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Oct 9 (Reuters) - Standard & Poor's Ratings Services said onTuesday it expected state and local governments in the UnitedStates to grow less in 2013 than previously forecast.
Cuts in public sector workforces as well as a focus byfamilies on fixing their budgets instead of spending are keyfactors in the reduced growth expectations, S&P said in areport.
State and local public employment has fallen 3.2 percentsince peaking in August 2008, representing "a source of drag ongrowth prospects," S&P said.
The credit rating agency said it expects that the nationaleconomy will have expanded by 2.2 percent in 2012, up from the2.0 percent growth rate it predicted in July.
However, S&P also says it expects U.S. gross domesticproduct to grow 1.8 percent in 2013, down from the 2.0 percentexpansion it forecast in July.
Federal spending, some of which goes to fund state and localprojects, is also expected to be cut 3.2 percent in 2013,compared to the 3.0 percent reductions that S&P forecast inJuly.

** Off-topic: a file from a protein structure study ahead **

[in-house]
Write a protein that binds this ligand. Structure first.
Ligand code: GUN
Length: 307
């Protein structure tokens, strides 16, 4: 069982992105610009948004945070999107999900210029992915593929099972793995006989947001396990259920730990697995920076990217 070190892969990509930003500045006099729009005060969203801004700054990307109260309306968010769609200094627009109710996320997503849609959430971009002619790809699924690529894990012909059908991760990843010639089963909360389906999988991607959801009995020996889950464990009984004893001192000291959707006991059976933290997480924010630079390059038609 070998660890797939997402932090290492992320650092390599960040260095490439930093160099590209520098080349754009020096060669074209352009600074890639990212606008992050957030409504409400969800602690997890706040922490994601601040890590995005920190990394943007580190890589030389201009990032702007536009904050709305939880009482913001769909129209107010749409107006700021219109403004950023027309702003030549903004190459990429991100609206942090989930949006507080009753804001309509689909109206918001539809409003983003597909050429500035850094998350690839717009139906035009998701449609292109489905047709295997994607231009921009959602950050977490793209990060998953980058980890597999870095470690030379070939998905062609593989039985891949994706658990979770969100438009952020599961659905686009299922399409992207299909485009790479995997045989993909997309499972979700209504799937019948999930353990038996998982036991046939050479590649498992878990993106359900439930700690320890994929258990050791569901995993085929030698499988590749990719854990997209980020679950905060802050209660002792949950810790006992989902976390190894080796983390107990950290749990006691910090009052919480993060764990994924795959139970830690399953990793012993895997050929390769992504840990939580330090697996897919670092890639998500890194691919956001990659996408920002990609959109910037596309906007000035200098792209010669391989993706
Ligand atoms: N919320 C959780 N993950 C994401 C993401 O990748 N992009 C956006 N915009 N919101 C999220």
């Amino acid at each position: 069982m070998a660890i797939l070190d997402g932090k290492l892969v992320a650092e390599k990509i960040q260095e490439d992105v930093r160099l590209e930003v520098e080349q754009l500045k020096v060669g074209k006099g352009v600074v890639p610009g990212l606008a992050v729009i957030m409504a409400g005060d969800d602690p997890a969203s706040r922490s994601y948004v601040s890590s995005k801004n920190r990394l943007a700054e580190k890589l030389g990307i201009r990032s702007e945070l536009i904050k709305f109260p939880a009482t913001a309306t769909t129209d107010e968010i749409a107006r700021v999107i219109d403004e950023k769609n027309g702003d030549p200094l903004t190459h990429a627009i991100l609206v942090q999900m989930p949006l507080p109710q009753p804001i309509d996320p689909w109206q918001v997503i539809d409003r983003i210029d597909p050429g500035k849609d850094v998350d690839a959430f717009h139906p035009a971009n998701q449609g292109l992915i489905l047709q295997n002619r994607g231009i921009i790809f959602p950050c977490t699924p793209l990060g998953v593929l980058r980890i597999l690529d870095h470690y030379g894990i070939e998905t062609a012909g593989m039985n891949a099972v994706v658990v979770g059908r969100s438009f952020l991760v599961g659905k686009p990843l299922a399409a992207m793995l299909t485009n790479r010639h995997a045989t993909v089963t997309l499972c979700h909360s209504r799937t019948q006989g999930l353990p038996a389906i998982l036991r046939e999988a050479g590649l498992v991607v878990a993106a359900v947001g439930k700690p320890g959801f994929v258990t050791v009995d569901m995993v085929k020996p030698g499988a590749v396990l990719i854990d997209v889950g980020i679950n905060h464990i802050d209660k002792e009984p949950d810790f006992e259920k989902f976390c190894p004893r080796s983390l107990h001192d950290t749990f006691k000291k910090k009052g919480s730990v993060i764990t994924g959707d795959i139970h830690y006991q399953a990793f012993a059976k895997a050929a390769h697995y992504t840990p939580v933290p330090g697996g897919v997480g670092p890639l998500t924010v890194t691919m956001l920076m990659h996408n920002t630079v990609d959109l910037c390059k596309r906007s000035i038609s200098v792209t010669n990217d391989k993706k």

"While we believe that most state and local governments willnavigate this with their credit quality intact ... we continueto expect some to experience financial distress," the creditrating agency said.
Municipalities with less flexibility to raise revenue willhave fewer fiscal options. Additional risks include thepotential for financial contagion from the euro zone crisis,slower economic growth in China than policymakers want, and thefiscal cliff.
(Reporting by Hilary Russ; Editing by James Dalgleish)
Keywords: USA MUNICIPALITIES/S&P